Of course, because a network according to this invention is reconfigurable, either transceiver assembly 21 or 22 may be oriented to establish communication with other assemblies. As used herein, a “counterpart” assembly is one of a pair of assemblies between which direct communication exists. For example, assemblies 21 and 22 may be oriented to communicate with any of assemblies 31, 32, 41, 42, 51, 52, 61, 62, 71, 72, 81, and 82, provided those assemblies are located along an unobstructed line-of-sight and have a distance that is less than the maximum operating limits of either assembly. Also, as shown in FIG. 1, although assembly 52 has established communication with assembly 61 along communication path 53, assembly 52 may be reconfigured and aligned with another assembly, such as assemblies 71 or 81 along communication paths 54 or 55 (shown by dashed lines), respectively.
In addition to providing direct communication between points 50 and 70 along path 54, indirect communication may be provided via communication paths 55 and 83, via relay point 80. A person skilled in the art will appreciate that the number of possible indirect paths between any two points will scale with the number of available relay points in the network, which provides exceptional network flexibility.
In general, each user of communications services in area 10 is associated with one of the relay or end points. Conversely, each relay or end point generally has one or more users associated with it, although some relay points without users may be needed to reach users at more distant relay or end points. Preferably, communication equipment may be connected to any relay point for injecting and extracting data as desired.
FIG. 2 shows end point 100, which includes optical transceiver assembly 120 mounted on roof top 111 of building 110. FIG. 2 also shows relay point 150, which includes optical transceiver assemblies 170 and 180 mounted on roof top 161 of building 160. As shown in FIG. 2, free-space, optical communication may occurs between assembly 120 and assembly 170 along path 190. However, indirect communication between end point 100 and relay point 150 may also occur via other indirect communication paths as described above.
When it is determined that a transceiver assembly should change its counterpart, the network must reestablish one or more new communication paths. However, because transceiver assemblies will normally exist at relatively random locations in space, these communication paths may be difficult to find. Therefore, some positional information, such as a limited angular range, is preferably provided to the unmated searching assembly before it begins scanning. If that angular information is absolute, that is independent of arbitrary angular measurements, that assembly must have first been calibrated to an absolute standard. As used herein, a transceiver assembly is calibrated when its absolute direction is known. Once calibrated, the transceiver assembly can process the angular information provided to it and scan accordingly. An assembly can be calibrated once during its installation, or multiple times, such as before each reconfiguration.
FIGS. 2 and 3 show self-calibrating, reconfigurable free-space optical transceiver assembly 120. Assembly 120 includes transceiver 121, calibration retro-reflector 122, and control unit 123.
FIG. 3 shows that transceiver 121 is rotatable about vertical axis 124 and includes a transmitter for emitting an electromagnetic beam 126. The beam may be directed along substantially horizontal axis 127 or directed at some elevation angle above or below axis 127. Transceiver 121 also includes a receiver for detecting at least a portion of beam 128 after reflection by retro-reflector 122. Elevation angle may be used when transceiver 121 has no height adjustment capability. The wavelength of the beam is preferably between about 700 nanometers and about 1,550 nanometers, but may be any wavelength capable of forming a substantially columnated beam. Preferably, the beam is coherent (e.g., a laser beam).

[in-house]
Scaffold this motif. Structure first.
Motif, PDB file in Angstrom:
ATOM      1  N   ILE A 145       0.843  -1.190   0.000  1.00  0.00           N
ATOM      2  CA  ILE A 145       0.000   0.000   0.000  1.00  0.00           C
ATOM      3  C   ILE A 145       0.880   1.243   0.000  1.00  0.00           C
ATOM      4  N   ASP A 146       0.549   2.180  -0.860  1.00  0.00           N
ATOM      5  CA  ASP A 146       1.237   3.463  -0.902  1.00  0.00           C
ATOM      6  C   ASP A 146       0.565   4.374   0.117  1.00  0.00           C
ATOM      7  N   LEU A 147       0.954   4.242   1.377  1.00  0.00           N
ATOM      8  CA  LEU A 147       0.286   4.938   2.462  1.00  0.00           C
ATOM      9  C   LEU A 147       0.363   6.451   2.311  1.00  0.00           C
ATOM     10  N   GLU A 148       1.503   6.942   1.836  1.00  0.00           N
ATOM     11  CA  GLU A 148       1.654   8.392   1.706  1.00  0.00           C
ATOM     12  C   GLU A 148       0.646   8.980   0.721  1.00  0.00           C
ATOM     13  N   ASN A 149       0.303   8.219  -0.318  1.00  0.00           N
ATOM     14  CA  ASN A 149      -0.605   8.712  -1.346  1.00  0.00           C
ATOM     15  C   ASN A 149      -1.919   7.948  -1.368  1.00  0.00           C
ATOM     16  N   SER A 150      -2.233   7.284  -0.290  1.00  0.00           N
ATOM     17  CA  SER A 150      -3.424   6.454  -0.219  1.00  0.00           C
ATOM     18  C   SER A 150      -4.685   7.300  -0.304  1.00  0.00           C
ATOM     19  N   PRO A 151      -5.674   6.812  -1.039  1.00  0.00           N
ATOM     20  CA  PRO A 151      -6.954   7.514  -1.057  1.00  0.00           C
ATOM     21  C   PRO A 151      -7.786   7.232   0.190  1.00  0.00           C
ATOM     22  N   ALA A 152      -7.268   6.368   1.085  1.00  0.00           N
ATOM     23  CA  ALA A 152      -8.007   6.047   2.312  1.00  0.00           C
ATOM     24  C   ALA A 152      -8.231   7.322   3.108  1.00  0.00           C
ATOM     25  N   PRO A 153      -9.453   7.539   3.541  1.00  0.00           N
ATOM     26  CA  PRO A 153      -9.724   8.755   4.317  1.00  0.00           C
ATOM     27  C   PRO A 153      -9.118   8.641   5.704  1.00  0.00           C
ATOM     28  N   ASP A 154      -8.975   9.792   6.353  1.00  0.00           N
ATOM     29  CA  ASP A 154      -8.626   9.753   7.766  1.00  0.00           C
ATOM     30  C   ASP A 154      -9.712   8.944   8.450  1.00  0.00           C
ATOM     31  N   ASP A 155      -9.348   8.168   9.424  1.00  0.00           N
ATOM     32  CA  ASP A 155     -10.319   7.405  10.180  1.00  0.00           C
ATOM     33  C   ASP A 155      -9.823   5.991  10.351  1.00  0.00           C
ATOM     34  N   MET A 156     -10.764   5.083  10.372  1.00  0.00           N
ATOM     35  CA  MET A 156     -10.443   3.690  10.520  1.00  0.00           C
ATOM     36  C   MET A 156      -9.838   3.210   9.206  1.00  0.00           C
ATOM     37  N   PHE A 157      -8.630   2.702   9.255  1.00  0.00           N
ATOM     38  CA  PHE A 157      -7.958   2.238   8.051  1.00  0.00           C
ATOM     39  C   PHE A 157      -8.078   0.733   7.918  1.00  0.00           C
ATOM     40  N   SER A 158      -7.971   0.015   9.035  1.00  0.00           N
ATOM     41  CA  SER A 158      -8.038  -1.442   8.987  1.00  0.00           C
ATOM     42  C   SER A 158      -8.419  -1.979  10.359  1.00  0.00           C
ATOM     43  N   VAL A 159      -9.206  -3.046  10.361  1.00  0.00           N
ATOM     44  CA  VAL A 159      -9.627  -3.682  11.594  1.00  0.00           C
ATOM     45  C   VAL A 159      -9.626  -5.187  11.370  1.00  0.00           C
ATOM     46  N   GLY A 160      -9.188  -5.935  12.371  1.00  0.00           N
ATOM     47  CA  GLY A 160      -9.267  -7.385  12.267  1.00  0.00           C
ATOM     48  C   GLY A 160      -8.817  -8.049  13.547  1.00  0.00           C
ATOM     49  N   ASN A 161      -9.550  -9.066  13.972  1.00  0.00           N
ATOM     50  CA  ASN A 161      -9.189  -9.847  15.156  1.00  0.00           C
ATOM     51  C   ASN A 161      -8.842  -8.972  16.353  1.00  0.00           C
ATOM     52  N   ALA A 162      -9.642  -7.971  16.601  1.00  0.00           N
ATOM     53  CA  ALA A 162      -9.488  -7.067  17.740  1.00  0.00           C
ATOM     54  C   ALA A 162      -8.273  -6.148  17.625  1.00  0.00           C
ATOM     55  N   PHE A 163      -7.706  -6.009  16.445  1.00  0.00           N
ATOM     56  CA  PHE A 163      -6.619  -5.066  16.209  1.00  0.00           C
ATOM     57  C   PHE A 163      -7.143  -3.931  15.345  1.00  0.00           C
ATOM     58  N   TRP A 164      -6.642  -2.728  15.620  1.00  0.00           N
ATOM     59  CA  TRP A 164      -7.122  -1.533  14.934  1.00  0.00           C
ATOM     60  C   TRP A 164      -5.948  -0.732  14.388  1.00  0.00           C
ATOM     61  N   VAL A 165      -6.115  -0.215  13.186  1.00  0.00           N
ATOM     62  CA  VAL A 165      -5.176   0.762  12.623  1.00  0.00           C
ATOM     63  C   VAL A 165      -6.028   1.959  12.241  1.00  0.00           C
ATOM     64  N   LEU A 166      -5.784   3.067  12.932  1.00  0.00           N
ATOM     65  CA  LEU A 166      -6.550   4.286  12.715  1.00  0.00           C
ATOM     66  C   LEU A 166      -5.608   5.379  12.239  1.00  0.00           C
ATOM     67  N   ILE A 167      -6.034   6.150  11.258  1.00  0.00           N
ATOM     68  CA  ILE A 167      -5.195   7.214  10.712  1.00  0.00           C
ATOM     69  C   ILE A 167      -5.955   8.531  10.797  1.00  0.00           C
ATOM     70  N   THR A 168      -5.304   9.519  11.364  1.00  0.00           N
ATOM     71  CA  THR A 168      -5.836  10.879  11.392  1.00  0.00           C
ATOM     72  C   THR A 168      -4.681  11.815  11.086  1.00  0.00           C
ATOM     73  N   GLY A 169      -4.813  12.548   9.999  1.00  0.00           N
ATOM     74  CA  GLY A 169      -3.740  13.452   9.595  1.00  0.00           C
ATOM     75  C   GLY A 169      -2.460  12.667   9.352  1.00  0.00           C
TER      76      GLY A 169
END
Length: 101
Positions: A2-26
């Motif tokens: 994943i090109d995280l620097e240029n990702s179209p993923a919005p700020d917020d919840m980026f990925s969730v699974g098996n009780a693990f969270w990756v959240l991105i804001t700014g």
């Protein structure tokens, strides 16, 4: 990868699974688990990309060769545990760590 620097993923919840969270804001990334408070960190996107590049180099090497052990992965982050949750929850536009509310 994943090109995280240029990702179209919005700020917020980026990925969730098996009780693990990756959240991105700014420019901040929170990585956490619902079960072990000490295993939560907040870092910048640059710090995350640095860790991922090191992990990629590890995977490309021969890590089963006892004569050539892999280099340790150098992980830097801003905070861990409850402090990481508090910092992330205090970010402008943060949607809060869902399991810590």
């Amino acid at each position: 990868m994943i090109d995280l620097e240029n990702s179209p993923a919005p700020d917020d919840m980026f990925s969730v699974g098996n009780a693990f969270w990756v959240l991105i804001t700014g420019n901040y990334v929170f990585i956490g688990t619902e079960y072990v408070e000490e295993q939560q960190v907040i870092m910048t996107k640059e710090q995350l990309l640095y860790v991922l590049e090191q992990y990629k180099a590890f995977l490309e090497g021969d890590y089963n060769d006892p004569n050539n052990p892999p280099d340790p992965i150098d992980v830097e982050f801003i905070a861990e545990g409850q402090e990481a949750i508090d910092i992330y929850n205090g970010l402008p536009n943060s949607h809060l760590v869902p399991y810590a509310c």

In order to ensure reflection by calibration retro-reflector 122, retro-reflector 122 should substantially face vertical axis 124. Transceiver 121 must face retro-reflector 122 when transceiver 121 faces in a known rotary position α. As used herein, a retro-reflector, sometimes called a “corner-cube reflector,” is a hollow reflective prism which redirects an incoming light beam back toward its source. Retro-reflectors that may be used with this invention are available from Opticon Corporation, of North Billerica, Massachusetts. Transceiver 121 may be in horizontal plane 130, which contains horizontal axis 127, or at an appropriate elevation angle that causes the beam to become incident on retro-reflector 122 at the predetermined angular position.
Control unit 123 is for positioning transceiver 121 so that retro-reflector 122 reflects beam 126 back towards transceiver 121 when horizontal axis 127 intersects with the position of calibration retro-reflector 122. This may involve rotating transceiver 121 about vertical axis 124 until transceiver 121 faces retro-reflector 122. If the vertical height of the horizontal plane 130 is unknown, transceiver assembly 120 may include an apparatus (not shown) for adjusting the height of transceiver 121 until a beam is reflected by retro-reflector 122.
A transceiver assembly may be calibrated according the following method. In a first step, the height or elevation angle (or both) of the assembly is adjusted to a predetermined vertical height or elevation angle, respectively. As shown in FIG. 2, for example, assembly 120 may be adjusted so that transceiver 121 of assembly 120 is in horizontal plane 130. In a second step, the assembly is rotated about a vertical axis. As shown in FIGS. 2 and 3, transceiver 121 may be rotated about vertical axis 124 thereby sweeping a beam. When the position, or at least the approximate position, of retro-reflector 122 is detected, the transceiver may be moved to that position first, and then rotated in a limited angular range known to include retro-reflector 122.